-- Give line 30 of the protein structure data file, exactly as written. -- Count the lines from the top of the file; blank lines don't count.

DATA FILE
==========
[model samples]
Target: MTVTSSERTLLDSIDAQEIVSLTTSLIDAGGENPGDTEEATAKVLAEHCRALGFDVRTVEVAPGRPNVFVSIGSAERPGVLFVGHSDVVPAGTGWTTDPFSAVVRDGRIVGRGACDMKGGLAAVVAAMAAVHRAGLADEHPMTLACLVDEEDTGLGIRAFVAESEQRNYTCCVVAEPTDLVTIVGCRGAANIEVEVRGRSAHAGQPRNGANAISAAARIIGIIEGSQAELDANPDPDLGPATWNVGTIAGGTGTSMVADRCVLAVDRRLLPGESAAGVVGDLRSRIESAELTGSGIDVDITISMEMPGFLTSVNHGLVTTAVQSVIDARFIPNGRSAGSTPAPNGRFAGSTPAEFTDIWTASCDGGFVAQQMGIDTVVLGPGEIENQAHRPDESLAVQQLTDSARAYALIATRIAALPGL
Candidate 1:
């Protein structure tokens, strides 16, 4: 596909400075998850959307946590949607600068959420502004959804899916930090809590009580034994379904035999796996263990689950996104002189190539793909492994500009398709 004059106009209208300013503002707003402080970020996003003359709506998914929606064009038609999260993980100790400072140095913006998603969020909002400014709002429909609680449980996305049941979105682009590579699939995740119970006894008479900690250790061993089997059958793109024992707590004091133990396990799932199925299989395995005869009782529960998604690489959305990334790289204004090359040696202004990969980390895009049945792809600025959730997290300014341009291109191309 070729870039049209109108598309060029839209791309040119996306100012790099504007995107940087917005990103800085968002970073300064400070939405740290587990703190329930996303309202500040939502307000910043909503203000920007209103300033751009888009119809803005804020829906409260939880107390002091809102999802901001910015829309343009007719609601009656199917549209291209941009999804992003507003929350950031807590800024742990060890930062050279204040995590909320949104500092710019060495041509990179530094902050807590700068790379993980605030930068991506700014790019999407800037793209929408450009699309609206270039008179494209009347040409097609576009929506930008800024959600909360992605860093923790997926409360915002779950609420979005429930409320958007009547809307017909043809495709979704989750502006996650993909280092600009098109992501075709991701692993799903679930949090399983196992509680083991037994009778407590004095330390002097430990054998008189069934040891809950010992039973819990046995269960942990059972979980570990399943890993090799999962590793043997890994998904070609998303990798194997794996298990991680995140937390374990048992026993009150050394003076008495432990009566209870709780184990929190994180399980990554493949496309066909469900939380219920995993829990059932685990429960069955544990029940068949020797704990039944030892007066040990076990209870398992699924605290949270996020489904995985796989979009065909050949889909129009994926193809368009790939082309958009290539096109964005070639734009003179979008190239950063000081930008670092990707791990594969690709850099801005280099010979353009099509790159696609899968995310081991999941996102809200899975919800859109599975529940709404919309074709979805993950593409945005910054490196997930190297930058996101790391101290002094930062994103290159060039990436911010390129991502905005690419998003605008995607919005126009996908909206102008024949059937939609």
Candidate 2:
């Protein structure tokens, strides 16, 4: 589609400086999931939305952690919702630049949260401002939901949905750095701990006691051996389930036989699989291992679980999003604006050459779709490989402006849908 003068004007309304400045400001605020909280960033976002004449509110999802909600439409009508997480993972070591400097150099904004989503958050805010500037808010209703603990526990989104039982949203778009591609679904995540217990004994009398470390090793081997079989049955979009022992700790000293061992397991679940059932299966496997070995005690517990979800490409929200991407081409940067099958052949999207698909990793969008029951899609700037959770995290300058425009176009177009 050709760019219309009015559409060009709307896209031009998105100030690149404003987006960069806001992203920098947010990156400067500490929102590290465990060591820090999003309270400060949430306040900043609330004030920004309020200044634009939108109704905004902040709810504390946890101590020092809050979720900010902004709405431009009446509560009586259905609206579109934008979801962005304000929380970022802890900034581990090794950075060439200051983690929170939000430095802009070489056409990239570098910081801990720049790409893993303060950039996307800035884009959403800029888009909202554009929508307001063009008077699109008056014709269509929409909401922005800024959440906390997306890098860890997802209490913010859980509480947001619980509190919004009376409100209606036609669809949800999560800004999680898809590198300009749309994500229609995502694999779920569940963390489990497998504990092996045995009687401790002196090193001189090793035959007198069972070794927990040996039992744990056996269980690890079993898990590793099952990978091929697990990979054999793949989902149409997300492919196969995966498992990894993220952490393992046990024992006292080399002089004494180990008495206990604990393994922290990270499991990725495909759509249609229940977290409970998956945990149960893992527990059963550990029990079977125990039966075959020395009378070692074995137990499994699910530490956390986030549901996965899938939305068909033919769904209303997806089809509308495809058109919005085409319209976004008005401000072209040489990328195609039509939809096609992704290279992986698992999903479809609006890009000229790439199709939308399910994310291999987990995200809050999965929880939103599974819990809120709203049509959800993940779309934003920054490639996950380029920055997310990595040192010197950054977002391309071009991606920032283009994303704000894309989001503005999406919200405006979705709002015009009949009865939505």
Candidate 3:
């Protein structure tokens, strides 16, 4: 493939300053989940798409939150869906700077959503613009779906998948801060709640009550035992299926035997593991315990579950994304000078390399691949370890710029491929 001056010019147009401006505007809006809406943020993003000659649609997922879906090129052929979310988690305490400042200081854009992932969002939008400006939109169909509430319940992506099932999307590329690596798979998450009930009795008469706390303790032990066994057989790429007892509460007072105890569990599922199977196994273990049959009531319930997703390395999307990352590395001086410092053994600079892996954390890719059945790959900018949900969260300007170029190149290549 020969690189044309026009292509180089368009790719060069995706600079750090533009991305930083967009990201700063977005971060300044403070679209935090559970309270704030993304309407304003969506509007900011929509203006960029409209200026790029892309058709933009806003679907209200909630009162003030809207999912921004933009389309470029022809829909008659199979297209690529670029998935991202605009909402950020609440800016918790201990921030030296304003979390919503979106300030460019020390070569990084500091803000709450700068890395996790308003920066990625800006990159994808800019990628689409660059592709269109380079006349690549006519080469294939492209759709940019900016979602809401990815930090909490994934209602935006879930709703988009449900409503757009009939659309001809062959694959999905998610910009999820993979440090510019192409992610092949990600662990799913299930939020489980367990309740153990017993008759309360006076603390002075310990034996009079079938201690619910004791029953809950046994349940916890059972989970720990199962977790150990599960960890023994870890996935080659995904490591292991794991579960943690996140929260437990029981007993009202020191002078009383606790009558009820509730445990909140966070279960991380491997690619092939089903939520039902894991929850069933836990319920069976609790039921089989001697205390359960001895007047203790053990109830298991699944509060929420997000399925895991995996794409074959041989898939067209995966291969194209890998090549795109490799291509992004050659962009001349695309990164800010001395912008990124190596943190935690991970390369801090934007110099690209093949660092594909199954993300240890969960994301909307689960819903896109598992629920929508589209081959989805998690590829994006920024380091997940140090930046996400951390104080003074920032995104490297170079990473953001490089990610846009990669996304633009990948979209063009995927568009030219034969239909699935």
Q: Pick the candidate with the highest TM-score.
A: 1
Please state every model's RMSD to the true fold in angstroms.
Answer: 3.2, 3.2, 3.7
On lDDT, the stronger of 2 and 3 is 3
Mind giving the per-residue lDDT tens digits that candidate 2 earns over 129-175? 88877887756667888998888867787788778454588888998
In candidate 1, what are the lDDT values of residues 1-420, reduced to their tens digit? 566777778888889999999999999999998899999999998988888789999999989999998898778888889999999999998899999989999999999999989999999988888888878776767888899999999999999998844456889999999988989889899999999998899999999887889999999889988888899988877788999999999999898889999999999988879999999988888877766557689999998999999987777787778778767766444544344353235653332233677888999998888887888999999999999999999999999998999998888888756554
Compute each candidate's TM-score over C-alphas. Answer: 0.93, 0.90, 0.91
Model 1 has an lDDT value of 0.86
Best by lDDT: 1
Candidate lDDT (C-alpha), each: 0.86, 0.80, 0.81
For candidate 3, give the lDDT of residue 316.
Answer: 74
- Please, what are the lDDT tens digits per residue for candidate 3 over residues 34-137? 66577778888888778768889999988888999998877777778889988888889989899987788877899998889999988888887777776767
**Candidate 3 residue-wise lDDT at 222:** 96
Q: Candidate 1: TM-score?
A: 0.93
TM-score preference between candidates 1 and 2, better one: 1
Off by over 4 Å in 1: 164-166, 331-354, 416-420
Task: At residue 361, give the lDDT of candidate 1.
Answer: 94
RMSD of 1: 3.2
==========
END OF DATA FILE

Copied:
RMSD of 1: 3.2